A WOMAN has been found guilty of biting her partner - but cleared of throwing coffee over him in a separate incident.

An Ayr Sheriff described the couple as having a ‘toxic relationship’.
Caroline Marris, of Russell Drive in Ayr, appeared at Ayr Sheriff Court last week.

She was found guilty of assaulting her partner on two occasions by biting him and causing him injury on January 16 and charged with the coffee incident on April 30.

Giving evidence Gordon McKay, the accused’s partner was questioned by Procurator Fiscal, Stephen McLean about what happened on the night of April 30.

But there was anger after he claimed he could not remember what had happened.

Mr McKay told the court: “I made a phone called to the police but I was drunk - it was a false allegation.

“I can’t remember making the phone call and I don’t remember anything - I was so drunk.”

In return, the Fiscal said: “Do you know what wasting police time is Mr McKay? 

“You are under oath to tell the truth - so you cannot remember anything that night?”

The witness replied: “No - I was so drunk when I phoned and when they said what she had done, I can’t remember that happening at all.”
A letter that was written by the witness and sent to the fiscal office, was read out to the court.

It said: “I am writing about what happened against my partner.

“ It said that she threw coffee at me when she was on bail and living in Girvan and was told not to see me, but I am her carer.

“She was in hospital the night before after trying to take her own life and the next night we had a row.

“I don’t want to make a statement and I wish for you to drop this charge as we only had an argument - she didn’t assault me.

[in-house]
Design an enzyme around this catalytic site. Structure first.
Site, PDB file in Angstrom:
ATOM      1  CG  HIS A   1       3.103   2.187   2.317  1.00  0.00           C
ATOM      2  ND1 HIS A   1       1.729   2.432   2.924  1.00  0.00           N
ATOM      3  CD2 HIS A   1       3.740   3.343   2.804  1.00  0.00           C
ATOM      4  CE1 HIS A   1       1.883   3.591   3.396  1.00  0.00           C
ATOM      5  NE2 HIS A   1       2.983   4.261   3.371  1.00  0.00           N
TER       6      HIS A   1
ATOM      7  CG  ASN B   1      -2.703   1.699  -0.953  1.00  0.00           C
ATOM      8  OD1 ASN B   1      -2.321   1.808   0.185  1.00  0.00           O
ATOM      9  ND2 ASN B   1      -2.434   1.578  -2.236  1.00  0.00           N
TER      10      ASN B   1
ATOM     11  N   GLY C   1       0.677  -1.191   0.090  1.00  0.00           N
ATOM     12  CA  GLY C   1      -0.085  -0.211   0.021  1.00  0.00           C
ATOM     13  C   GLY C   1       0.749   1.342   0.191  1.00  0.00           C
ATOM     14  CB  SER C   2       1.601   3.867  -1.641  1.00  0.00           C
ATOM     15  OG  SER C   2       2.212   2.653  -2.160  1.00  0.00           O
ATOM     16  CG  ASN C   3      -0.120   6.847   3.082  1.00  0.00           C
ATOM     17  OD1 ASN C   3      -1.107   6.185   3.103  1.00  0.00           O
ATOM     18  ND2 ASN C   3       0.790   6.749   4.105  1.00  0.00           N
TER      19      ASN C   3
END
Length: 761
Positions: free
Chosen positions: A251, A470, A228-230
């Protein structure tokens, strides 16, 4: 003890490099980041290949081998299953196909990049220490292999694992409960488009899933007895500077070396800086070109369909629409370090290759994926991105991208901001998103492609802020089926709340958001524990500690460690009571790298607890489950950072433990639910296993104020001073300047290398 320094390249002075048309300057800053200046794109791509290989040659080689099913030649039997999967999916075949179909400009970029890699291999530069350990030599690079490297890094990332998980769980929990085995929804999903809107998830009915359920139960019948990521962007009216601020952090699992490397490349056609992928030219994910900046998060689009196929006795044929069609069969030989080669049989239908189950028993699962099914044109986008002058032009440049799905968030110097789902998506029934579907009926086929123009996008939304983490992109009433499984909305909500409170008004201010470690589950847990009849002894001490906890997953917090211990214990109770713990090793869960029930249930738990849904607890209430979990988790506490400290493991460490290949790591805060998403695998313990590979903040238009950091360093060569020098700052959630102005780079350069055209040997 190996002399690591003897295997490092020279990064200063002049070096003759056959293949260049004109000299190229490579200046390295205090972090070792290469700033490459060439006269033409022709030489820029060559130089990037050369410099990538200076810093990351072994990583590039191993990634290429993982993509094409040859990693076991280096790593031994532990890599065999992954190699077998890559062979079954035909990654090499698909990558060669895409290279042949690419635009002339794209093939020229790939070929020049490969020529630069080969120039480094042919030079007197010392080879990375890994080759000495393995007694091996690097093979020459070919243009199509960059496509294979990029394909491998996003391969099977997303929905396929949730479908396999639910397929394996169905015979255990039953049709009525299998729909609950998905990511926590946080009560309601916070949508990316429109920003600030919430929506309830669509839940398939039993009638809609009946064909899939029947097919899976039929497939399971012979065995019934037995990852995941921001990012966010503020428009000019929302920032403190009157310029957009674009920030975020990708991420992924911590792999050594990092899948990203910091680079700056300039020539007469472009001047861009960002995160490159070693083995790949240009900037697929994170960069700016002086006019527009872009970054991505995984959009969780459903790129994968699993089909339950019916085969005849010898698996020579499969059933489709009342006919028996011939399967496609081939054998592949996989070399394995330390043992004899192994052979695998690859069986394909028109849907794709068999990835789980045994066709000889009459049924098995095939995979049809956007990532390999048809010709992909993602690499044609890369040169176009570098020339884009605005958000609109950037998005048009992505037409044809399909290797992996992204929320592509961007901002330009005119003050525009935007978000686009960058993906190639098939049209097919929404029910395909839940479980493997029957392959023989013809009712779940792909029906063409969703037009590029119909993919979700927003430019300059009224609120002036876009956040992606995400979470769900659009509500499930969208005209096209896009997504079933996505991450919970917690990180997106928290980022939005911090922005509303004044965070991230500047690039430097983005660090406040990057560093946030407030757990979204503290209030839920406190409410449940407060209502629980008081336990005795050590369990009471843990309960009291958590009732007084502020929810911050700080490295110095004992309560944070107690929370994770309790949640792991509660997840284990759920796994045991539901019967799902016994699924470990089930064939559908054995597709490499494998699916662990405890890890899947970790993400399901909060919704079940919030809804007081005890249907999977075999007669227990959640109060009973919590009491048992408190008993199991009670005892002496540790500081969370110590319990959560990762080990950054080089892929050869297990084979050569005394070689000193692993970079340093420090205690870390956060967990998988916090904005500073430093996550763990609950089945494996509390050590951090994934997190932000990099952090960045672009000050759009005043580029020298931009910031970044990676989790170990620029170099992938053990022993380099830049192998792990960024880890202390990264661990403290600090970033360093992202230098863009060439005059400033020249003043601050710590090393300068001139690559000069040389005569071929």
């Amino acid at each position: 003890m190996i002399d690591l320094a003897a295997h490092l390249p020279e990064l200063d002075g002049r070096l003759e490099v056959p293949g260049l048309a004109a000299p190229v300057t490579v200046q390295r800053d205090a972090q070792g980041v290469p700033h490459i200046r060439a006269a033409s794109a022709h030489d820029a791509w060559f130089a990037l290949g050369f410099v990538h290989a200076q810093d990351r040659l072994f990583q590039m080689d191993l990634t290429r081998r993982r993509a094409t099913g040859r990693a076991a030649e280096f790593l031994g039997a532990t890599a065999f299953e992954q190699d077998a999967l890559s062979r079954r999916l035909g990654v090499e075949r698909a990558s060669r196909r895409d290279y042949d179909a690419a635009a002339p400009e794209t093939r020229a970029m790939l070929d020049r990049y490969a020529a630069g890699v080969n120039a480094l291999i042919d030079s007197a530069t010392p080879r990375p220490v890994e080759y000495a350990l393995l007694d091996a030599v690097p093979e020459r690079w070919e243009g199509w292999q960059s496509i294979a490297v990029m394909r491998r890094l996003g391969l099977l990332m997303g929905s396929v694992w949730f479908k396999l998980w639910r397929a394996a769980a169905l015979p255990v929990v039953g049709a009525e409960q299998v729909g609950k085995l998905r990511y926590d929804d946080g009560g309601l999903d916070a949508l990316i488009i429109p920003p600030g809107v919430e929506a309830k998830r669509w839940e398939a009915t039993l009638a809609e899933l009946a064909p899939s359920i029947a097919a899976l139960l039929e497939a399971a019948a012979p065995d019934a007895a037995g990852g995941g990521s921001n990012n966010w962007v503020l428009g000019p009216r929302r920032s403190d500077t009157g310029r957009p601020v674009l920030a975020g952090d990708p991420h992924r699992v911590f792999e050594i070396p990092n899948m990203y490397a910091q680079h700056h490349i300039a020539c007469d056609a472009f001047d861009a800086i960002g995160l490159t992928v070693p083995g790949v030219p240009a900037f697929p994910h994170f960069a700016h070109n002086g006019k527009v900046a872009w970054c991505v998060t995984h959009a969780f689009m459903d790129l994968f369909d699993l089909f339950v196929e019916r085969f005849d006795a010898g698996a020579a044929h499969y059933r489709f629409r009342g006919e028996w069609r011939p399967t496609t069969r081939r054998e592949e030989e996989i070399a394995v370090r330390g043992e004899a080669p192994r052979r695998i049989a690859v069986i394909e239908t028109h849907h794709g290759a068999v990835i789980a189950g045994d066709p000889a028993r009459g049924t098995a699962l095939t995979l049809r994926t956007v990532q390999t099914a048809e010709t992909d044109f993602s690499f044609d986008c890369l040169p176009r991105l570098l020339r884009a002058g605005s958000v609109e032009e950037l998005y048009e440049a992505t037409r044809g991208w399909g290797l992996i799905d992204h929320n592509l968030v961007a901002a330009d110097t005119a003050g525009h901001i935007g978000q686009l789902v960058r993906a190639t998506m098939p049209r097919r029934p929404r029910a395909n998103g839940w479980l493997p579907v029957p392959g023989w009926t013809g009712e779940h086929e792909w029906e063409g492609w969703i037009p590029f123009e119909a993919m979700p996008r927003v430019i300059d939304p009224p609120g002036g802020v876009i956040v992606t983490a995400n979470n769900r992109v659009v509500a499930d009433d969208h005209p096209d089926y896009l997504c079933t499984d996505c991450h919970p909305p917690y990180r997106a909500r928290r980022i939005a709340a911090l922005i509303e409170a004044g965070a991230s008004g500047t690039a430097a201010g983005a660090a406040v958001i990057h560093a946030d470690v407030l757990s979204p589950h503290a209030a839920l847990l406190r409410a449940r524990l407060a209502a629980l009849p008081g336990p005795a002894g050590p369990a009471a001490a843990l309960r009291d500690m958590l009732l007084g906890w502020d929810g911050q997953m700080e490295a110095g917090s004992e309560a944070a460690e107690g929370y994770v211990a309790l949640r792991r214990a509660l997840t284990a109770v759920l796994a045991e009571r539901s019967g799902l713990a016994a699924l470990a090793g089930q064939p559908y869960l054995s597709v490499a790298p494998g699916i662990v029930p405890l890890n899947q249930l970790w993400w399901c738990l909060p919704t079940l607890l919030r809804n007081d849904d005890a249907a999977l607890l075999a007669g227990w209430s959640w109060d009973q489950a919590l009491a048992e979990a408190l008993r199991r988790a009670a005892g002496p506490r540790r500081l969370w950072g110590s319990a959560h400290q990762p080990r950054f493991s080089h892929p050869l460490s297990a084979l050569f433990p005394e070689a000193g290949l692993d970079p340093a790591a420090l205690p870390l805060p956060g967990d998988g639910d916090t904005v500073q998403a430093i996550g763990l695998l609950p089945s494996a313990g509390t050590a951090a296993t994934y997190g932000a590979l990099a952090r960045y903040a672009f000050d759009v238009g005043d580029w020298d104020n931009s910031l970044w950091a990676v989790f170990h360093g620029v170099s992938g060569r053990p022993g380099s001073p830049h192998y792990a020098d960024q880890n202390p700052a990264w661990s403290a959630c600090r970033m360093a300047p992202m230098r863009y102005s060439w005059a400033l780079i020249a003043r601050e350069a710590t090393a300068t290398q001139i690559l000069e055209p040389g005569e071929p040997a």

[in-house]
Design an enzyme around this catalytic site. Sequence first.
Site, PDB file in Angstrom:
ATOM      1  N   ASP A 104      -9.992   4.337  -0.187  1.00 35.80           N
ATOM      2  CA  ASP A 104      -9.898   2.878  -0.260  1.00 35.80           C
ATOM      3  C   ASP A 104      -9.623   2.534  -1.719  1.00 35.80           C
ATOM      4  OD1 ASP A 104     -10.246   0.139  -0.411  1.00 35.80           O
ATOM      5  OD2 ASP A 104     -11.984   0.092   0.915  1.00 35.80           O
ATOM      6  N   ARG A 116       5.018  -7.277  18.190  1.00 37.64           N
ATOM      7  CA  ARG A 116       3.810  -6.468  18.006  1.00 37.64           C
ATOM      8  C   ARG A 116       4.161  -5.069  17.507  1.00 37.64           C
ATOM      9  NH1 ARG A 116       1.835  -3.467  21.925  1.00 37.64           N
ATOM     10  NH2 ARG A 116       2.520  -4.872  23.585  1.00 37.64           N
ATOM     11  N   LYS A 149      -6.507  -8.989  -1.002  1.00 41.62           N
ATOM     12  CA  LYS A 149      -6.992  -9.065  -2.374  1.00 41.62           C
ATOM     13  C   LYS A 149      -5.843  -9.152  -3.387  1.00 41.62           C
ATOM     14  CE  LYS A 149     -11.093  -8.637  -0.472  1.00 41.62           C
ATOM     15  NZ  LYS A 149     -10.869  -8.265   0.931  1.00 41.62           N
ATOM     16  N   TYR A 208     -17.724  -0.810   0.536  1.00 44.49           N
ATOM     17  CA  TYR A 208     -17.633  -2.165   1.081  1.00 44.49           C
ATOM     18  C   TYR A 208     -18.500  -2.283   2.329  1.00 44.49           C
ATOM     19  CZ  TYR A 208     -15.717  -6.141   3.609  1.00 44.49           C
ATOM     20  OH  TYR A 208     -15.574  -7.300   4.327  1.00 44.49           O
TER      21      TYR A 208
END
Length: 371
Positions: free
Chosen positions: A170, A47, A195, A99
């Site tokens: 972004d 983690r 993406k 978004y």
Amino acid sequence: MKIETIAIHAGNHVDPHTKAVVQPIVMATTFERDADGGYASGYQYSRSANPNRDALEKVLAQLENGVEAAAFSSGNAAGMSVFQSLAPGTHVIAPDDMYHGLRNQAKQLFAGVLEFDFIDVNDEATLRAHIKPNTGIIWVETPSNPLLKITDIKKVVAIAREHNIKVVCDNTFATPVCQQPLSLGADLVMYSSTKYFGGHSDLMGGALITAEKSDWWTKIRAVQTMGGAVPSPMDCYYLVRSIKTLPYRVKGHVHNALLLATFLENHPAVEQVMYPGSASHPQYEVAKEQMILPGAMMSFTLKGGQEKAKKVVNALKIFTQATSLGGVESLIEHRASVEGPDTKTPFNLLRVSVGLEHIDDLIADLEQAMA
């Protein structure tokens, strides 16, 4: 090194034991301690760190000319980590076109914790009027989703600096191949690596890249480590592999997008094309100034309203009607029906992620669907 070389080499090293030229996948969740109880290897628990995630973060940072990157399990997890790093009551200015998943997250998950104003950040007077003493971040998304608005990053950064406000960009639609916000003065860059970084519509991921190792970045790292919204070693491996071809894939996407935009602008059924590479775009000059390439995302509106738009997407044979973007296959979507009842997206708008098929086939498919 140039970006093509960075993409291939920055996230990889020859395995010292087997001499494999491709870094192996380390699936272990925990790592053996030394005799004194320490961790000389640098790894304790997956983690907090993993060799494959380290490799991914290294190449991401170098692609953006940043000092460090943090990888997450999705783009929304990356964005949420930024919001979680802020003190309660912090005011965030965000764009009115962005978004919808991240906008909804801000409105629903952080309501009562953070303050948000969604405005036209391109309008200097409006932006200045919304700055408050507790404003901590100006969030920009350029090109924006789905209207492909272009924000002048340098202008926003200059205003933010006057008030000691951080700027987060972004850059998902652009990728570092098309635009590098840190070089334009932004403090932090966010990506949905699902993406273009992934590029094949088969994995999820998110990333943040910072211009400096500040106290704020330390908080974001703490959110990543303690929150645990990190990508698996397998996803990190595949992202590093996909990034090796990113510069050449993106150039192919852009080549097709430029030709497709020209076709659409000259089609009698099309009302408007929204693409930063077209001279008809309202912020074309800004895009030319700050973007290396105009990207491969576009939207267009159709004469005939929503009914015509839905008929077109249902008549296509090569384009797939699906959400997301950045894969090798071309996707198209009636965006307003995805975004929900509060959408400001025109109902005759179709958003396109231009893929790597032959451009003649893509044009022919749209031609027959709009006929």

“Please can the court look at my statement and bring my fiancée home.”

Mr McLean asked the witness why he asked the police to come to the home after the incident happened and he replied by saying he didn’t know, he was drunk.

McLean concluded: “You cannot remember to give a statement of what happened but you have in your letter that you had a row.

“Domestic abuse is a very serious matter that we take very seriously.

“It can stem from someone throwing cold coffee over someone to murder.

“Do you think phoning the police is a viable use of police resources Mr McKay?”

The witness replied: “I was just drunk.”

The procurator fiscal gave a background to the incident involving the accused and the complainer where Marris bit Mr McKay on January 16.

He explained that Mr McKay had been released from prison on December 29 for assaulting the accused and he had been consuming alcohol on a regular basis.

An argument broke out between the two and police attended and found Mr McKay topless, showing a bite mark on his right shoulder as well as other injuries - Marris was released on good behaviour.

Speaking on her behalf, defence solicitor Mr Lockhart, said: “She has recently turned 50 and the two lived together.

“There is a history of mental health and she has no real family or friends.

“She describes the relationship to be of constant rows and of the complainer to be a heavy drinker and in the report it shows there to be emotional and physical abuse in their relationship. It might be a good idea for a further good behaviour report from this instance.”

Sheriff Carole Cunninghame, responded: “What has not been clear is where they are still in a relationship.”

Mr Lockhart, replied: “It is preferred by Ms Marris to resume the relationship and move back in with the complainer.”

Sheriff Cunninghame, concluded: “I am surprised - this can be seen as a toxic relationship.

“I have heard the courts observations and I will defer this for three months for an updated report.”

The court found the accused not guilty.